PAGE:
I like that you didn’t ask about balance because I don’t believe anyone is ever going to balance it all. This is because, balance says that we should give equal energy and attention to everything at the same time, however, the best I believe we can do especially as women who work and also have children is to find a way to give our best, leave the rest and kill the guilt. For me, I prioritise the two most important things to me; my faith and my family. If it isn’t convenient for my family, I don’t give it a second thought. That being said, I have been able to manage my responsibilities well so far by doing a few things. One is not taking on a project God isn’t leading me to take on; not every good idea is God’s idea for me. Another thing I do is, share responsibilities with my husband. I don’t try to be a super mum or wife; I have a nanny for my daughter and when she is around, she supports me and this enables me focus on work. I also have an assistant for work who manages some of my work for the nonprofit and Clarity School.
Even though I prioritise faith and family, I put my best into my work. I believe it is possible to be a successful career woman or entrepreneur and still make God first in life. As a Christian woman, I need to be faithful in all that God requires of me. God prospers those who obey fully.

Why I wrote the book “Flow”
When I learned about periods in school, education was focused solely only on the biology of the menstrual cycle. The lessons left out important information about our bodies’ anatomy and the use of sanitary products. I remember educating my friends in secondary school and many were utterly surprised how I knew what I was teaching them. When I told them my father had taught me, they all couldn’t believe it. Flow is a book I wrote to help girls understand and learn about the changes in their bodies in a fun, easy and relatable way. The book includes details girls need to know about puberty, preparing for your first period, managing period cramps and types of sanitary products to use. In the book, I spoke about how my late father taught me about menstruation, shared my personal experiences, practical advice and information on managing menstruation.

This book is important and will impact girls positively because beyond sharing about menstruation and hygiene, I shared personal experiences and spoke about my late father, the man who taught me everything I needed to know about menstruation and puberty from age 9. Flow is designed to address the major concerns every young girl goes through during puberty.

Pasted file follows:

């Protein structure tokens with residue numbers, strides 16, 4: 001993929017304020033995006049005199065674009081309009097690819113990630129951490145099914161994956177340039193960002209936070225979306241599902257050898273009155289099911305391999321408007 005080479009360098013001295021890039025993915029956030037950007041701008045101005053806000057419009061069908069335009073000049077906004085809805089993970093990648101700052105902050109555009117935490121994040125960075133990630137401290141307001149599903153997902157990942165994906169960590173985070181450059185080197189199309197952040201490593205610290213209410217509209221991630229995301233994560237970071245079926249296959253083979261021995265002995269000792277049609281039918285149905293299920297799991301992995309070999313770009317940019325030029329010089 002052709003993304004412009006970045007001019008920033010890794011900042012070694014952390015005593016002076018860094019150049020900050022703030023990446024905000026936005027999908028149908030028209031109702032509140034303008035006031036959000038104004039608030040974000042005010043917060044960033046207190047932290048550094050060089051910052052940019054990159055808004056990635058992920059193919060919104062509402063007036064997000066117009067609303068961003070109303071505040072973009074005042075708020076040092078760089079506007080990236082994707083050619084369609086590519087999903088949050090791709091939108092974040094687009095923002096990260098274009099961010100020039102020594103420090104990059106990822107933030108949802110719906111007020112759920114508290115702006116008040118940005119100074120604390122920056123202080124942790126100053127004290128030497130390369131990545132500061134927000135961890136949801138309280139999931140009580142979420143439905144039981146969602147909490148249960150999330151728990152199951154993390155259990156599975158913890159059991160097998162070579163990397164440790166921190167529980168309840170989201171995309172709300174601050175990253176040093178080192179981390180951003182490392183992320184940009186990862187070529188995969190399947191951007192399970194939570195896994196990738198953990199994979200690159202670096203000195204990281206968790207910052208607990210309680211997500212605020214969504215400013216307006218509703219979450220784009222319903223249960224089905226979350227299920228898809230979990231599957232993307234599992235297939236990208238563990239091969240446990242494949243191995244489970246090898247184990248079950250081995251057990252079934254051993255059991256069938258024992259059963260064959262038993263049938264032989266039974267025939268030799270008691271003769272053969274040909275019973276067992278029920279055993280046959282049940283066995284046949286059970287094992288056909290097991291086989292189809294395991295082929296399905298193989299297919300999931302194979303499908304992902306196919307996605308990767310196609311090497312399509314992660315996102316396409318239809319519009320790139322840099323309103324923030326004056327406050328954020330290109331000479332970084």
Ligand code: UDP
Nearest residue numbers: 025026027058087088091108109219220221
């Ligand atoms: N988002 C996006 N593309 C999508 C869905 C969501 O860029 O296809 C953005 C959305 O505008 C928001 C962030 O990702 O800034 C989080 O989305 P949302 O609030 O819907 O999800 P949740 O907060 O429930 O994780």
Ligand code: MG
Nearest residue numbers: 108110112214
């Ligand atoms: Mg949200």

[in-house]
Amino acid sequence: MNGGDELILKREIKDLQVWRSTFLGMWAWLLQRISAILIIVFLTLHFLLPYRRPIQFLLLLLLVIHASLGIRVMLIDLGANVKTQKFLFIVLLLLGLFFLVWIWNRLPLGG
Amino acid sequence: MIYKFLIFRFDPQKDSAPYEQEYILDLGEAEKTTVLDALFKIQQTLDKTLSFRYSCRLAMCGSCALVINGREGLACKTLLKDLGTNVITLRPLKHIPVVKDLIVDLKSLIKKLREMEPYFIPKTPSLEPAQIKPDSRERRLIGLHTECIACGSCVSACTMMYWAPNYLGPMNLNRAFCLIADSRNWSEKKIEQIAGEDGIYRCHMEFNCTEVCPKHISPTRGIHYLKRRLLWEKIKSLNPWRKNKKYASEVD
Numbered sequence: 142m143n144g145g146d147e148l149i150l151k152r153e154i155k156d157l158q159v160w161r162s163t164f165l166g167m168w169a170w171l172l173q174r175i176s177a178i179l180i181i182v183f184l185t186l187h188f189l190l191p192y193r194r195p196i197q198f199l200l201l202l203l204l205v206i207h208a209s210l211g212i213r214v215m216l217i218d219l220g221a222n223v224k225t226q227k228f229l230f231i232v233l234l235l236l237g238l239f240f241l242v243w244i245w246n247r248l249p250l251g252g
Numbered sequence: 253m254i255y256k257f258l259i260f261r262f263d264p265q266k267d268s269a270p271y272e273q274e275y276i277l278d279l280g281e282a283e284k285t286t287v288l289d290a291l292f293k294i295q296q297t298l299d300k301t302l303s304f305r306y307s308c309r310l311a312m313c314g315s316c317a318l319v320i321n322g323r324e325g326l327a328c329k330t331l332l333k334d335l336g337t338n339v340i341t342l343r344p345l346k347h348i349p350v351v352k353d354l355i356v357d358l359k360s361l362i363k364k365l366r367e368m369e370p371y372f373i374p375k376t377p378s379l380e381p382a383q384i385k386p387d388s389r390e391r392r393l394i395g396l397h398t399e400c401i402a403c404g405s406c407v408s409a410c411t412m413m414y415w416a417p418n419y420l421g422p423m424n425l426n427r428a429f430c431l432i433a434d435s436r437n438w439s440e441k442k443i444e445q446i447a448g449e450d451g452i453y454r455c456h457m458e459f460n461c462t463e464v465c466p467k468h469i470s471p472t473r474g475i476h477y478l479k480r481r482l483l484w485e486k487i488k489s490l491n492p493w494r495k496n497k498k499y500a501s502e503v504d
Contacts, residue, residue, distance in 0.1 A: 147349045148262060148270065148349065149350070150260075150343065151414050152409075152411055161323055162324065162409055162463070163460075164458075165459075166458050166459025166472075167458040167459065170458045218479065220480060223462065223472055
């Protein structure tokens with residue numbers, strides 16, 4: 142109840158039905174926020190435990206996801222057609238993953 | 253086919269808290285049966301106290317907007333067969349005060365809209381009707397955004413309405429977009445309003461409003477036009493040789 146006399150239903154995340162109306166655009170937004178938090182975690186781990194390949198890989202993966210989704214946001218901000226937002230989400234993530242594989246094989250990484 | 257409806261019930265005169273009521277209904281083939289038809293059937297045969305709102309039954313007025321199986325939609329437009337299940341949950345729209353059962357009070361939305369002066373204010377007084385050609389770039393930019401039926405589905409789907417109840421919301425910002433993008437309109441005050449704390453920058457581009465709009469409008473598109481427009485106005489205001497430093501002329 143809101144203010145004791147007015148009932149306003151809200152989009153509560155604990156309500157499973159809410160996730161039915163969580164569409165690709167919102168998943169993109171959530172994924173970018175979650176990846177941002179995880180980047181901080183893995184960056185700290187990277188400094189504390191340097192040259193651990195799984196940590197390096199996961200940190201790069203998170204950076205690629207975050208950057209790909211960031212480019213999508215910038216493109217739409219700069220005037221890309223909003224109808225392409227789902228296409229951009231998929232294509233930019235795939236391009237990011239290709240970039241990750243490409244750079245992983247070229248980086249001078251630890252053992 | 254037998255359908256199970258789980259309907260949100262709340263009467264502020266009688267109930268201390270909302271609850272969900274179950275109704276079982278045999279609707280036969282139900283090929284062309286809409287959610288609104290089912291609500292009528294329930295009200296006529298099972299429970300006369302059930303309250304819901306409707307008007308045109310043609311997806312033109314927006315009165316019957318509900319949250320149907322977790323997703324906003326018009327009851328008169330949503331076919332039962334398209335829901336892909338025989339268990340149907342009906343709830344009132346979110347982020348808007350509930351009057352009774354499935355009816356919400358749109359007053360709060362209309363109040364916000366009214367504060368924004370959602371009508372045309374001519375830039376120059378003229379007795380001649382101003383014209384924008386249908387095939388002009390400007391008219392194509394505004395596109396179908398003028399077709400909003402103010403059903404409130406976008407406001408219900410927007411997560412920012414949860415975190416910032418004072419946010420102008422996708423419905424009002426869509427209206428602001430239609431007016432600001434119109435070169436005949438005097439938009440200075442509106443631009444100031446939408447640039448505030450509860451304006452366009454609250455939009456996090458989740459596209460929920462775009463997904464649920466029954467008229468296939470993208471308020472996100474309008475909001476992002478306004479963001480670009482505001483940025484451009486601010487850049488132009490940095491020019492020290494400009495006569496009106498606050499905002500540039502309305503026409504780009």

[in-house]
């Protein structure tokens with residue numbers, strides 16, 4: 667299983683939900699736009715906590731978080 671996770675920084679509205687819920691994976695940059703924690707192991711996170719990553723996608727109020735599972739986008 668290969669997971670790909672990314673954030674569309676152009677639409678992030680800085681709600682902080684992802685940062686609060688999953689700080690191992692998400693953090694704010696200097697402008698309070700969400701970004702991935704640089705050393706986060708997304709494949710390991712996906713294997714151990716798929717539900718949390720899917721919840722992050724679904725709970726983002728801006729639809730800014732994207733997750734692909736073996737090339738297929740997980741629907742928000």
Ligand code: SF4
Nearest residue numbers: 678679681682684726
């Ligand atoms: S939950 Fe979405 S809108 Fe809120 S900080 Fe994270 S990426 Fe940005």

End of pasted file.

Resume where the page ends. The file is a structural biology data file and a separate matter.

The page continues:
To young girls who need a listening ear, but scared to open up
Let’s face it, speaking up can be hard for anyone. I know this because I’ve been there and know adults who are still having a hard time speaking up about issues affecting them. So, you’re not alone. If you’re a young girl reading this, know that the safest place to confide in anyone is at home. It might look like your parents or siblings don’t understand you, but they love you. Talking to the people you trust about issues bothering you in a safe and loving environment is a great, low risk place to start. If that didn’t help, try writing how you feel in a journal. I’ve found journaling to be really helpful for pouring out my heart and ideas. I’ll advice, don’t be scared to ask for help. If there’s something happening at home or at school that needs to be said, find an adult you trust and open up to them.

How My Organisation is adding Value During The Pandemic
At the announcement of the lock-down, there was an immediate spread of panic buying of food items to stock up homes, which frankly was a luxury that only a certain group of people could afford. We jumped in and started fundraising for food relief items to distribute to families, who couldn’t afford to stock up for the lock-down. 

In response to this dilemma, Beyond the Classroom embarked on a project tagged; The COVID- 19 Food Relief Drive to provide food palliatives for families in these low-income communities who have been gravely affected to ensure that the children, in these places, were not subjected to imminent starvation. With the help of the general public and partnerships with several organizations, we successful raised over $14,000. As a post-disaster relief, we have supported several women and children with sanitary pads; we raised $1,500 and distributed free disposable sanitary pads enough to last three months to 300 girls in Lagos and Abuja, in partnership with Sanitary Aid Initiative and Abuja Global Shapers.

Because we work with children, we partnered with Busy Mind Schools and distributed a set of 4 Workbooks to 200 children in the IDP camp; the books are translated in different local languages, and French.

To young women who want to go into the Non-Profits sector
The first and only advice I will give here is “Know Your WHY”. This is so important because, your WHY is your source of intrinsic motivation and your best inspiration. If you know your WHY, you can articulate the reason you’re going into this sector and because the journey could get really tough sometimes, especially with finding funding, you might want to quit but knowing your WHY will keep you focused. It will also help to narrow your direction to avoid mission creep. When you’re tempted to start a project because there’s available funding in the area, your WHY will always remind you; this is not the reason you started this nonprofit.
Being a Woman of Rubies and more
Rubies are among the most precious gemstones in the world but they are not the most precious. So, just like you have said “women are worth more than rubies”. On what makes Raquel a Woman of Rubies and more, I’ll say it is the work that I do for humanity. This is further affirmed by the privilege to be profiled on a platform that showcases inspirational women who through their work are making a positive change in Nigeria.